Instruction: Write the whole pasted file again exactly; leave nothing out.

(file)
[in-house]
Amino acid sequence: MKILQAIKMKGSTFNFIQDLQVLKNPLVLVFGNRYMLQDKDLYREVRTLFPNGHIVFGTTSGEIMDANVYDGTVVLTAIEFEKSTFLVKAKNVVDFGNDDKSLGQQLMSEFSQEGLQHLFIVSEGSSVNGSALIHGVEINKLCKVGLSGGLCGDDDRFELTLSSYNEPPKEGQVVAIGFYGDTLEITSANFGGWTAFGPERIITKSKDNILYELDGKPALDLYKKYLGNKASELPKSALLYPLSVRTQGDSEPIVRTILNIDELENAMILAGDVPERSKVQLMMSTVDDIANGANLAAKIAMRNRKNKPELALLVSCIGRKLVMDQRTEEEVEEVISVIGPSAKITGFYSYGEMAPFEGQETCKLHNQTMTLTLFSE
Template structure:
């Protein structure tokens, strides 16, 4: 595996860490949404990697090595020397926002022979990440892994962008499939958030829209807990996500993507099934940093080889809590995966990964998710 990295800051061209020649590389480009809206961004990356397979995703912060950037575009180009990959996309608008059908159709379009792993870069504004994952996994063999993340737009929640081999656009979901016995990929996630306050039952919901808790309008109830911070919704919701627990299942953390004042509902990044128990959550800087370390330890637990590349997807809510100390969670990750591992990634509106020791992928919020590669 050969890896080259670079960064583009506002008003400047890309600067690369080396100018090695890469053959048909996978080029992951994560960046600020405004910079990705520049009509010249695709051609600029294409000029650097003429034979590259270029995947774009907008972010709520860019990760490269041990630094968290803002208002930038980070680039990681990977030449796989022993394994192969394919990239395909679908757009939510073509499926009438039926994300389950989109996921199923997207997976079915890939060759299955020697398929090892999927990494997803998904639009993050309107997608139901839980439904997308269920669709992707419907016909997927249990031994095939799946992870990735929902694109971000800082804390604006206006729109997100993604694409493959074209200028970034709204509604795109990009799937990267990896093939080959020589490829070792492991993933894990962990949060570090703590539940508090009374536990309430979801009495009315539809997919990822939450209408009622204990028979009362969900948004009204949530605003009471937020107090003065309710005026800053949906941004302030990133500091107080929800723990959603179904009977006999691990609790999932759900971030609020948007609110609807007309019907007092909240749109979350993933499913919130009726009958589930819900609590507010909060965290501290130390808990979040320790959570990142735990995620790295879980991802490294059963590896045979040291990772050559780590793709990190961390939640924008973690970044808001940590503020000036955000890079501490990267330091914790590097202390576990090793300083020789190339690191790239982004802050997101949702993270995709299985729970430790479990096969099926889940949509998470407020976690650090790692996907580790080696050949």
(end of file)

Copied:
[in-house]
Amino acid sequence: MKILQAIKMKGSTFNFIQDLQVLKNPLVLVFGNRYMLQDKDLYREVRTLFPNGHIVFGTTSGEIMDANVYDGTVVLTAIEFEKSTFLVKAKNVVDFGNDDKSLGQQLMSEFSQEGLQHLFIVSEGSSVNGSALIHGVEINKLCKVGLSGGLCGDDDRFELTLSSYNEPPKEGQVVAIGFYGDTLEITSANFGGWTAFGPERIITKSKDNILYELDGKPALDLYKKYLGNKASELPKSALLYPLSVRTQGDSEPIVRTILNIDELENAMILAGDVPERSKVQLMMSTVDDIANGANLAAKIAMRNRKNKPELALLVSCIGRKLVMDQRTEEEVEEVISVIGPSAKITGFYSYGEMAPFEGQETCKLHNQTMTLTLFSE
Template structure:
């Protein structure tokens, strides 16, 4: 595996860490949404990697090595020397926002022979990440892994962008499939958030829209807990996500993507099934940093080889809590995966990964998710 990295800051061209020649590389480009809206961004990356397979995703912060950037575009180009990959996309608008059908159709379009792993870069504004994952996994063999993340737009929640081999656009979901016995990929996630306050039952919901808790309008109830911070919704919701627990299942953390004042509902990044128990959550800087370390330890637990590349997807809510100390969670990750591992990634509106020791992928919020590669 050969890896080259670079960064583009506002008003400047890309600067690369080396100018090695890469053959048909996978080029992951994560960046600020405004910079990705520049009509010249695709051609600029294409000029650097003429034979590259270029995947774009907008972010709520860019990760490269041990630094968290803002208002930038980070680039990681990977030449796989022993394994192969394919990239395909679908757009939510073509499926009438039926994300389950989109996921199923997207997976079915890939060759299955020697398929090892999927990494997803998904639009993050309107997608139901839980439904997308269920669709992707419907016909997927249990031994095939799946992870990735929902694109971000800082804390604006206006729109997100993604694409493959074209200028970034709204509604795109990009799937990267990896093939080959020589490829070792492991993933894990962990949060570090703590539940508090009374536990309430979801009495009315539809997919990822939450209408009622204990028979009362969900948004009204949530605003009471937020107090003065309710005026800053949906941004302030990133500091107080929800723990959603179904009977006999691990609790999932759900971030609020948007609110609807007309019907007092909240749109979350993933499913919130009726009958589930819900609590507010909060965290501290130390808990979040320790959570990142735990995620790295879980991802490294059963590896045979040291990772050559780590793709990190961390939640924008973690970044808001940590503020000036955000890079501490990267330091914790590097202390576990090793300083020789190339690191790239982004802050997101949702993270995709299985729970430790479990096969099926889940949509998470407020976690650090790692996907580790080696050949």